A protector of those shunned by society because of disease affliction, the Roman Catholic priest and member of the Congregation of the Sacred Hearts of Jesus and Mary, a missionary religious group, was beatified by Pope John Paul II on June 4, 1995. He had been identified as a champion of the outcasts—those with HIV-AIDS, leprosy, and other contagious diseases.

The remembrance of Fr. Damien is timely as the Catholic Church observes Ash Wednesday on February 25, 2009, the onset of lent, the days of fasting, penance, and reconciliation. (Photo Credit: Hawaii State Archives x 2 PD) =0=

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Israeli air strikes leave 200+ dead in Gaza Strip

December 27, 2008

As Pope Benedict XVI calls for renunciation of violence during the holy season of Christmas, Israelis and Palestinians are on a bloody confrontation again in the Gaza Strip leaving at least 200 dead and injuring about 400 more. This is the result of heavy air strikes conducted by Israeli troops against militant Palestinian targets in Hamas-dominated territory a week after a 6-month ceasefire truce expired.

The resumption of bombings and killings on Saturday, December 27, 2008, is supposed to be Israel’s retaliation to months of Hamas’ mortar fires and indiscriminate rocket launches which terrorize about ¼ million Israelis who live in the area.

Hamas infrastructures and installations had been destroyed and many security officers were killed or hurt. Gaza residents had been on the state of panic as the death toll rose and the wounded victims flooded hospitals and clinics.

“The offensive sparked angry protests throughout the Arab world, and British Prime Minister Gordon Brown, the Vatican, the U.N. secretary-general and special Mideast envoy Tony Blair all called for an immediate restoration of calm. The Arab League scheduled an emergency meeting Sunday to discuss the situation.”— YahooNews.com; AP (12/28/08 Barzak, Brahim)

Hamas, the radical group considered by Israel as a terrorist organization, called for revenge, but Isreali military authorities had been firm in their stance. In spite of the call for calm, Israeli Defense Minister Ehud Barak vowed to widen the military offensive if needed. Israel did not set a time-line on when the air strikes would end.

The long-standing conflict between the Israelis and Palestinians has taxed peace-makers for decades, but a solution has been consistently elusive. Extremist Arabs and Muslims in the Middle East who support the Palestinians call for the annihilation of the State of Israel. (Photo Credits: AP/ Mohammed Zastari; AP/ Mohammed Zastari; AFP; AP/ Mohammed Zastari) =0=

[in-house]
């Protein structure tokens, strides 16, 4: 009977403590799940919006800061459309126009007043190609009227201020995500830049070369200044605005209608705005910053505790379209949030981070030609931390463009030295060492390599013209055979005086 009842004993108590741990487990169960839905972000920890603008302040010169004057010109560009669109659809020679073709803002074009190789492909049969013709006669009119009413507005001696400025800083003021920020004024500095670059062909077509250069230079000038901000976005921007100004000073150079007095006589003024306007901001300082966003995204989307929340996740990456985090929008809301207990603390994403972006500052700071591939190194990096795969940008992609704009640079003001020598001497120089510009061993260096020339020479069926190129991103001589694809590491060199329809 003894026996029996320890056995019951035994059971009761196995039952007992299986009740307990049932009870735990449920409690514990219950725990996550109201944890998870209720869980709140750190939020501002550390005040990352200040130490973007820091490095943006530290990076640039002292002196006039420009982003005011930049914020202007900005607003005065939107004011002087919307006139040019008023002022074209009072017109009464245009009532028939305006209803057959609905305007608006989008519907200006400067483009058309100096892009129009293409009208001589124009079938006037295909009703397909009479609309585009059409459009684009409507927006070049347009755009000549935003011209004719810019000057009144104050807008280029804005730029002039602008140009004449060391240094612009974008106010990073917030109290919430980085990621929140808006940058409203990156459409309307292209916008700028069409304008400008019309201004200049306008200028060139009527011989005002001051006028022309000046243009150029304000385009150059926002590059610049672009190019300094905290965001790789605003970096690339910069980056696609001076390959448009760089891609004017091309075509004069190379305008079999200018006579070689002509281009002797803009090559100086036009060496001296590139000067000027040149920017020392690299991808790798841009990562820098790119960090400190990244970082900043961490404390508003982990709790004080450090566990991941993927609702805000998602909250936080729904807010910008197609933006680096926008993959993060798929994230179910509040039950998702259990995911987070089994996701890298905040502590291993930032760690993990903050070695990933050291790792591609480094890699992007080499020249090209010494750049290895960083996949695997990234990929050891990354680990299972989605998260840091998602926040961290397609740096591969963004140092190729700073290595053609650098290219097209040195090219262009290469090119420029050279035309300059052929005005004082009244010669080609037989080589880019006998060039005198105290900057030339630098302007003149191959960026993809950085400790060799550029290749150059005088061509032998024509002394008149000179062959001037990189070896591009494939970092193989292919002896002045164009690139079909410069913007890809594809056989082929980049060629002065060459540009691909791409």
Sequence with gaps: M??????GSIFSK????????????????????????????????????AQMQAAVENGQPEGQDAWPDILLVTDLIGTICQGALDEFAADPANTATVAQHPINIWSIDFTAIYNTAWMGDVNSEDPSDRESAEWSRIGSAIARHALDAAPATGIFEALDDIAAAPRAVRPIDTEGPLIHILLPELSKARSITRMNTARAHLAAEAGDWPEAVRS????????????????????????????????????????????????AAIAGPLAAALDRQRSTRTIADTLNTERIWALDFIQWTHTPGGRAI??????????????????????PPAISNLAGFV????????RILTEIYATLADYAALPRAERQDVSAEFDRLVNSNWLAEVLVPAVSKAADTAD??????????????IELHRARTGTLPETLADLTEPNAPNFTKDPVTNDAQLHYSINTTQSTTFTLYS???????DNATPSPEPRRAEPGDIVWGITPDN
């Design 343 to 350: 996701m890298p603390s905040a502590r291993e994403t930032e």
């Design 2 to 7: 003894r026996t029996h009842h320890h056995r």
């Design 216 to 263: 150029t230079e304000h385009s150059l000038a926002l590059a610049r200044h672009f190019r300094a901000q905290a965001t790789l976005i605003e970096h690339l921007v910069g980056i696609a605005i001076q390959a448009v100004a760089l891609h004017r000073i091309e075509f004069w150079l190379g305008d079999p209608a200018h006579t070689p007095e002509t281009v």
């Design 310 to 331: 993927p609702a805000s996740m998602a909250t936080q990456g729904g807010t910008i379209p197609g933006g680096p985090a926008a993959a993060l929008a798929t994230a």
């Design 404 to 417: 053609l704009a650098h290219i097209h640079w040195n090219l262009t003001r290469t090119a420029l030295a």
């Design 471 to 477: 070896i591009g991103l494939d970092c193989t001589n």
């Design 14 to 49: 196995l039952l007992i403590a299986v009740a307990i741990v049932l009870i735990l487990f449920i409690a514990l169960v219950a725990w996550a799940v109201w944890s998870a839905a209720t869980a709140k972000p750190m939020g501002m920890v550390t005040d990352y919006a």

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Godless world puts Christian identity in peril

October 5, 2008

In a three-week gathering of 250 bishops from America, Europe, Asia, Pacific, and Africa, Pope Benedict XVI in his Sunday October 5, 2008 mass celebration in the Roman Basilica of St. Paul sounded again the perils faith is facing in the increasing secular society.

The 81-year old pope in his homily said, there are those who say that “God is dead and declare themselves to be the only creator of their own fate, the absolute owner of the world.”

He asked, “”When men proclaim themselves absolute owners of themselves and the only masters of creation, are they really going to be able to construct a society where freedom, justice and peace reign? Is it not more likely — as demonstrated by news headlines every day — that the arbitrary rule of power, selfish interests, injustice and exploitation, and violence in all its forms, will extend their grip?” AFP (10/06/08)

“The Word of God in the Life and Mission of the Church,” is the theme of the meeting, the second after Pope Benedict XVI was elected in 2005 into the papacy. The gathering makes the consultations among bishops all over the globe possible. It is attended by Greek Orthodox Church head Bartholomew I, Israeli Rabbi Shear-Yashuv Cohen and Protestant and Anglican prelates. The bishops from China who represent 8 to 12 million Christian believers are unable to attend because of restrictions imposed by the communist state.

The pope’s comment against loss of the Christian identity is an expression of the urgent need for moral values to return to the world, in particular, in Europe’s secular affairs where Christianity has been barren for years. The weakened religious faith may be part of the increasing secularism, relativism, selfishness, and injustice that trouble many nations worldwide. (Photo Credits: Totie Mesia)=0=